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Guidelines On Age Based Discrimination In Employment

(As of June 1, 2015)

Guidelines are not law. These guidelines reflect the Newfoundland and Labrador Human Rights Commission’s interpretation of the provisions of the Newfoundland and Labrador Human Rights Act, 2010 (“the Act”) and various legal decisions from across Canada with respect to age and age-based discrimination in the context of employment. They are subject to decisions by Boards of Inquiry (called Tribunals in some provinces) and the Courts and should be read in conjunction with such decisions and with the specific language of the Act. Readers should be aware that as with all areas of law, legal obligations may evolve as new decisions emerge. If there is any conflict between these guidelines and the Act, the Act will prevail. Any questions regarding these guidelines should be directed to Commission staff. These guidelines should not be substituted for legal advice.

Introduction

All jurisdictions in Canada provide for protection from discrimination on the basis of age in employment, however, the specific wording and exceptions vary in the Human Rights legislation across the provinces and territories. While at one point mandatory retirement was permitted under Human Rights laws, with some exceptions, the laws have been changed to abolish mandatory retirement.1

The Human Rights Act, 2010 (“the Act”) in this province prohibits discrimination based on age in the advertising, interviewing, hiring, promoting and termination processes of the employer.2 While this guideline deals exclusively with age and age-based discrimination in the context of employment, the Act also prohibits discrimination based on age in the provision of goods, services, accommodation or facilities that are customarily offered to the public in the context of commercial and residential tenancy, publications, and contracts.3

What is age-based discrimination in employment?

Unlike the earlier Human Rights Code, the current Act makes no reference to specific ages as it applies to discrimination in employment.4

Employment policies or practices which apply particular age limits or maximums for hiring, promoting or retiring will generally be found to be discriminatory unless a bona fide or “good faith” occupational qualification can be established. For example, in a case involving airline pilots it was decided that although the airline’s mandatory retirement of pilots at age 60 under the terms of its collective agreement was prima facie (based on the first impression) discriminatory, it was not determined ultimately to be a discriminatory practice as the airline was able to establish, on a balance of probabilities, that the limitation was based on a bona fide occupational requirement, and that accommodating the pilots who were over 60 years of age would result in undue hardship to the airline.5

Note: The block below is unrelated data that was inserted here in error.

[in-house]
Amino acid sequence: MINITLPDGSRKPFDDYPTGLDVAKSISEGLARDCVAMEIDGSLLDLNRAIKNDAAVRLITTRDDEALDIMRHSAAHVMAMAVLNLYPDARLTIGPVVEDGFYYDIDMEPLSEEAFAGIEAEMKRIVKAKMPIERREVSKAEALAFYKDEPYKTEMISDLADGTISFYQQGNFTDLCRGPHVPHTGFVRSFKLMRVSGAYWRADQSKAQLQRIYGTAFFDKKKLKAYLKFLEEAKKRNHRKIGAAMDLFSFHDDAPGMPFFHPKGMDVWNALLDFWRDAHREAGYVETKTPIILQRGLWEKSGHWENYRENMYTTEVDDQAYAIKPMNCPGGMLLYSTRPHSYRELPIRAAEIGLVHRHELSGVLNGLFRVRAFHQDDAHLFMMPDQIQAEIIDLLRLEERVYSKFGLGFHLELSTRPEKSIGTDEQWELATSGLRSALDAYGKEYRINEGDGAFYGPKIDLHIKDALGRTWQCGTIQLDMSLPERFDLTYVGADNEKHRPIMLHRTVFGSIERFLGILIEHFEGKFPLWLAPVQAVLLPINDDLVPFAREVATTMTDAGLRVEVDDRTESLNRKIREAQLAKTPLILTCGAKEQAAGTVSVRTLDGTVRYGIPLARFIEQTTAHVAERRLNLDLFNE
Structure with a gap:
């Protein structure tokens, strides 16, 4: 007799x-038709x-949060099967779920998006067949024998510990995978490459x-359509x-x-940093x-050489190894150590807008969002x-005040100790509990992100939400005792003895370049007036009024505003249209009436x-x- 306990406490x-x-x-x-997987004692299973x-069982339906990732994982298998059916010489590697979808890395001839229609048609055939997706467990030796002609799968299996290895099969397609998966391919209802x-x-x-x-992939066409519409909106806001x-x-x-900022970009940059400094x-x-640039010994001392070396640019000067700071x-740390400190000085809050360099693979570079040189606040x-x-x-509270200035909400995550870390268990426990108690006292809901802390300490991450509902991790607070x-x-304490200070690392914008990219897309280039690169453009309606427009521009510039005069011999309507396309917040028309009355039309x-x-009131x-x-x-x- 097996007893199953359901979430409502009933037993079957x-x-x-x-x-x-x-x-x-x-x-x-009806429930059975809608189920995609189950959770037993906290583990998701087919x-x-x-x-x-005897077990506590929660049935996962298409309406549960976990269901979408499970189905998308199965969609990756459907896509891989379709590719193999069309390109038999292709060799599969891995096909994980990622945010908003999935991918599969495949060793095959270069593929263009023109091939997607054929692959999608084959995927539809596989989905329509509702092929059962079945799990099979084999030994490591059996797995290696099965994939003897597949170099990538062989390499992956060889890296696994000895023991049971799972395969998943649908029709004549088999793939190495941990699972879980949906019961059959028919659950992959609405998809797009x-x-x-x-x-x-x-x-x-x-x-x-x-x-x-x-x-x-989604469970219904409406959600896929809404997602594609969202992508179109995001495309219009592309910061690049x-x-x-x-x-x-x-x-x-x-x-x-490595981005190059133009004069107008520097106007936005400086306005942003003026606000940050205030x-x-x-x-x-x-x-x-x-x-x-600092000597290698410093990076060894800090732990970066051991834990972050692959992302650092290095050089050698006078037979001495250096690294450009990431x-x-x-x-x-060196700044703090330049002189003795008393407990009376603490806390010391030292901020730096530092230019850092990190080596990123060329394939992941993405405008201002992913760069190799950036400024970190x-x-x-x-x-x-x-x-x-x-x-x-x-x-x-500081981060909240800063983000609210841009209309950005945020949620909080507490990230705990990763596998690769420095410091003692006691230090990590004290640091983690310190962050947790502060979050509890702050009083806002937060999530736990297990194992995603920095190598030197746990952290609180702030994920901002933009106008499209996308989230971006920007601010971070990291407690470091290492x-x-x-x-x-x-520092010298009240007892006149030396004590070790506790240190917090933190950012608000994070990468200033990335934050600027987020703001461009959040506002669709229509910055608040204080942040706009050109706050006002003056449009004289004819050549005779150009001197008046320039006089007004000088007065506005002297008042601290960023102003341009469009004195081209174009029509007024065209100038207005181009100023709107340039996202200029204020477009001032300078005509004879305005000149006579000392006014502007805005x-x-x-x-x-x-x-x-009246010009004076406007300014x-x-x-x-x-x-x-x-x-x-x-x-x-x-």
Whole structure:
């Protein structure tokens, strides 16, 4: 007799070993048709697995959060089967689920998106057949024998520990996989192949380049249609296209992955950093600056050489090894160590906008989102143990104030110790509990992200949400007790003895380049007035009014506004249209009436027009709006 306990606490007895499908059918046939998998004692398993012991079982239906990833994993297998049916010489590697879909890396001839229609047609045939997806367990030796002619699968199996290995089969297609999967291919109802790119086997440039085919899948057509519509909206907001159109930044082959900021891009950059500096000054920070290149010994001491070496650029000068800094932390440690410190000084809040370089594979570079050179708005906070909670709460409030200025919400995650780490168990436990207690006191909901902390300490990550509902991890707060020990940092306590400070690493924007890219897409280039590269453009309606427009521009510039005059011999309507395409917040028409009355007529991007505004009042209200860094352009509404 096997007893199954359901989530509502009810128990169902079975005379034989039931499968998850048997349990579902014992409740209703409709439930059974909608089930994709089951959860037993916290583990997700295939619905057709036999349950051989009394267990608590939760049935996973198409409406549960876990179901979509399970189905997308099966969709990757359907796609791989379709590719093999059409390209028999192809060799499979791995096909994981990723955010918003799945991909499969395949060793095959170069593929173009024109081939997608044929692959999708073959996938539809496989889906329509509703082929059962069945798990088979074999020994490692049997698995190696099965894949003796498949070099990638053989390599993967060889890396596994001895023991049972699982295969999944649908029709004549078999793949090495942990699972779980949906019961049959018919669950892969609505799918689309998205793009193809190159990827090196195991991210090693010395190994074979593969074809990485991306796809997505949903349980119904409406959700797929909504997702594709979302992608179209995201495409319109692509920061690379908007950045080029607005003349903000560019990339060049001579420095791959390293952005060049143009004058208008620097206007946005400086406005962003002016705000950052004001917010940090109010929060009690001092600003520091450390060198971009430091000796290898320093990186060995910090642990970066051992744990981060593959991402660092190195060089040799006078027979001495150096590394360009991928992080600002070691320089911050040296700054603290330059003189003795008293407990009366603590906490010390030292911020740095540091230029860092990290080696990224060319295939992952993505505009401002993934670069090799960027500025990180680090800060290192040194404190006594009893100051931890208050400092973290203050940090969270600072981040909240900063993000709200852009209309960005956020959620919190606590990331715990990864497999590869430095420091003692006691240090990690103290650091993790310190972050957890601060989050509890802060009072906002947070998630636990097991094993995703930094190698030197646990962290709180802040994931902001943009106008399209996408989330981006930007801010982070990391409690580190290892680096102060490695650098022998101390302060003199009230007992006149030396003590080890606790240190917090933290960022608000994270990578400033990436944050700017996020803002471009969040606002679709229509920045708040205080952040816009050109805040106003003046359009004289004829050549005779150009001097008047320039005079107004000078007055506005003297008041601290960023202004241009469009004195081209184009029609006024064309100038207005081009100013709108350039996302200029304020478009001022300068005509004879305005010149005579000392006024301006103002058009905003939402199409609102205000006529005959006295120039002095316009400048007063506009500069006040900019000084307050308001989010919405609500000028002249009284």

It is generally discriminatory to advertise based on age in filling job vacancies and in recruiting new employees. Candidates for employment are protected from having to disclose their age on an application form or in the interview process. Where such questions are relevant to an employer’s pension or group benefit plan, the employer is entitled to request the information only after a job offer has been made. While the date of birth of the applicant may be necessary for the conduct of a criminal records check or vulnerable sector check, employers should make job offers conditional upon a satisfactory criminal record or vulnerable sector check to avoid the necessity to seek age-related information prior to the offer of employment.

Further, there are exceptions in the Act which protect the operation of pension and retirement plans as well as group insurance plans with certain age limits for entitlement.6 However, a pension or retirement plan would be discriminatory if it required a person to retire at a specific age.7

Employers must be particularly careful when it comes to succession planning that they do not discriminate against their older employees. While an employer’s inquiry into an employee’s age and retirement plans may be legitimate in the context of planning for the future operation of the business, any comments about the employee’s age which could be perceived as stating an expectation or encouraging the employee to retire may be found to be discriminatory. Similarly, skill development and training should also continue to be offered to employees at all ages. The use of terminology relating to age could be determined to be evidence of discrimination.

It is not necessarily discriminatory to treat an employee differently once they have announced their retirement date. For instance, if an employee informs their manager that they are going to retire in six months, it is reasonable and appropriate for the manager to take that information into account when planning for the future. A manager may deny the employee access to a training program on the ground that it will produce little benefit since the employee is planning to retire.

However, discrimination may arise when an assumption is made that because the employee is at the age of retirement that they will retire. Similarly, encouraging an older employee to take advantage of retirement options might result in discrimination because the message taken may be that the employee is no longer valued. However, merely providing information about the employee’s retirement options is not discriminatory, particularly when the information is provided at the employee’s request.8

What should an employer do to avoid a claim of age-based discrimination?

Employers should consider the following to avoid liability under Human Rights Act, 2010:

  • Avoid any reference to age in the advertisement of jobs during the recruitment process.
  • Do not require a person to state their age or date of birth on job applications or during the interview process. However, this information can be legitimately collected after a job offer has been made for purposes such as registering for group insurance or conducting a criminal records check.
  • Ensure that your professional development and succession planning does not overlook older workers. Continue to offer mentoring, training and educational opportunities to all employees.
  • Ask employees at all levels of seniority what their short –term and long-term goals are. This can include their plans for retirement.
  • While making an inquiry into an employee’s retirement plans is likely not discriminatory, the employer should avoid using age-related terminology (particularly “older” and “younger”) when discussion retirement or succession planning.